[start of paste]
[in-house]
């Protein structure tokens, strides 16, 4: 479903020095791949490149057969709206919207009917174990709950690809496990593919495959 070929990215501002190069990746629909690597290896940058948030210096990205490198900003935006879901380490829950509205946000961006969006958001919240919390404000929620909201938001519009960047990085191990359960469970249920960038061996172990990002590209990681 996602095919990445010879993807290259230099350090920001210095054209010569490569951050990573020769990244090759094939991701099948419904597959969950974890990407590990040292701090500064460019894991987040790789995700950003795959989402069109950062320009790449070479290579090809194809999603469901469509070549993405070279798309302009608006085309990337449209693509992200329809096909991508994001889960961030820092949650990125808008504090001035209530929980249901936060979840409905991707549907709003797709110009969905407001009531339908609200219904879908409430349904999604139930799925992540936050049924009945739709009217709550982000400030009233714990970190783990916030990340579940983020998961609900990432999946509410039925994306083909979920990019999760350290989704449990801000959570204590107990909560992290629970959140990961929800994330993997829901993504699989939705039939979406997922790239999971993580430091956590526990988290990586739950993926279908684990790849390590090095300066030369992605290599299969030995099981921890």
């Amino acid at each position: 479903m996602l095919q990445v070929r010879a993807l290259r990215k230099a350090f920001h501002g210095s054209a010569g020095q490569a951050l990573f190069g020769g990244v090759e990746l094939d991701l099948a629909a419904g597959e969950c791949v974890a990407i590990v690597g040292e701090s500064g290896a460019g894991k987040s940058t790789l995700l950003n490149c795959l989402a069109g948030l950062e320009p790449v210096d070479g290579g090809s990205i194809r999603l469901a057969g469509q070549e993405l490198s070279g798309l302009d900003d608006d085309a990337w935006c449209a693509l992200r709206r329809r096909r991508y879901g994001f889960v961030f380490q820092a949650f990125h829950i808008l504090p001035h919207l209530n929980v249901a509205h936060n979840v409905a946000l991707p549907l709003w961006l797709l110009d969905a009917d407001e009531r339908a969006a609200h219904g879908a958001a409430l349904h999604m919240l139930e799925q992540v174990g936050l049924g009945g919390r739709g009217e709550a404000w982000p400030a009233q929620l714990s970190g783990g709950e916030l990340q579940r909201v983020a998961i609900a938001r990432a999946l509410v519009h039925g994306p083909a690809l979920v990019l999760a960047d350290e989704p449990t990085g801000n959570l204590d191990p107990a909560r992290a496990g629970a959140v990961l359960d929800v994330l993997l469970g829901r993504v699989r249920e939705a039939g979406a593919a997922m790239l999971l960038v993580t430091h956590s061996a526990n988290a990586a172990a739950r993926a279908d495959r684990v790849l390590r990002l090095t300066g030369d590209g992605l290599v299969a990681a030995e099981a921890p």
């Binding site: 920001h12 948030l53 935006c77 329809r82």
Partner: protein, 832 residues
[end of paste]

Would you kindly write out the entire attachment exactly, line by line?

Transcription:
[in-house]
């Protein structure tokens, strides 16, 4: 479903020095791949490149057969709206919207009917174990709950690809496990593919495959 070929990215501002190069990746629909690597290896940058948030210096990205490198900003935006879901380490829950509205946000961006969006958001919240919390404000929620909201938001519009960047990085191990359960469970249920960038061996172990990002590209990681 996602095919990445010879993807290259230099350090920001210095054209010569490569951050990573020769990244090759094939991701099948419904597959969950974890990407590990040292701090500064460019894991987040790789995700950003795959989402069109950062320009790449070479290579090809194809999603469901469509070549993405070279798309302009608006085309990337449209693509992200329809096909991508994001889960961030820092949650990125808008504090001035209530929980249901936060979840409905991707549907709003797709110009969905407001009531339908609200219904879908409430349904999604139930799925992540936050049924009945739709009217709550982000400030009233714990970190783990916030990340579940983020998961609900990432999946509410039925994306083909979920990019999760350290989704449990801000959570204590107990909560992290629970959140990961929800994330993997829901993504699989939705039939979406997922790239999971993580430091956590526990988290990586739950993926279908684990790849390590090095300066030369992605290599299969030995099981921890």
């Amino acid at each position: 479903m996602l095919q990445v070929r010879a993807l290259r990215k230099a350090f920001h501002g210095s054209a010569g020095q490569a951050l990573f190069g020769g990244v090759e990746l094939d991701l099948a629909a419904g597959e969950c791949v974890a990407i590990v690597g040292e701090s500064g290896a460019g894991k987040s940058t790789l995700l950003n490149c795959l989402a069109g948030l950062e320009p790449v210096d070479g290579g090809s990205i194809r999603l469901a057969g469509q070549e993405l490198s070279g798309l302009d900003d608006d085309a990337w935006c449209a693509l992200r709206r329809r096909r991508y879901g994001f889960v961030f380490q820092a949650f990125h829950i808008l504090p001035h919207l209530n929980v249901a509205h936060n979840v409905a946000l991707p549907l709003w961006l797709l110009d969905a009917d407001e009531r339908a969006a609200h219904g879908a958001a409430l349904h999604m919240l139930e799925q992540v174990g936050l049924g009945g919390r739709g009217e709550a404000w982000p400030a009233q929620l714990s970190g783990g709950e916030l990340q579940r909201v983020a998961i609900a938001r990432a999946l509410v519009h039925g994306p083909a690809l979920v990019l999760a960047d350290e989704p449990t990085g801000n959570l204590d191990p107990a909560r992290a496990g629970a959140v990961l359960d929800v994330l993997l469970g829901r993504v699989r249920e939705a039939g979406a593919a997922m790239l999971l960038v993580t430091h956590s061996a526990n988290a990586a172990a739950r993926a279908d495959r684990v790849l390590r990002l090095t300066g030369d590209g992605l290599v299969a990681a030995e099981a921890p």
């Binding site: 920001h12 948030l53 935006c77 329809r82």
Partner: protein, 832 residues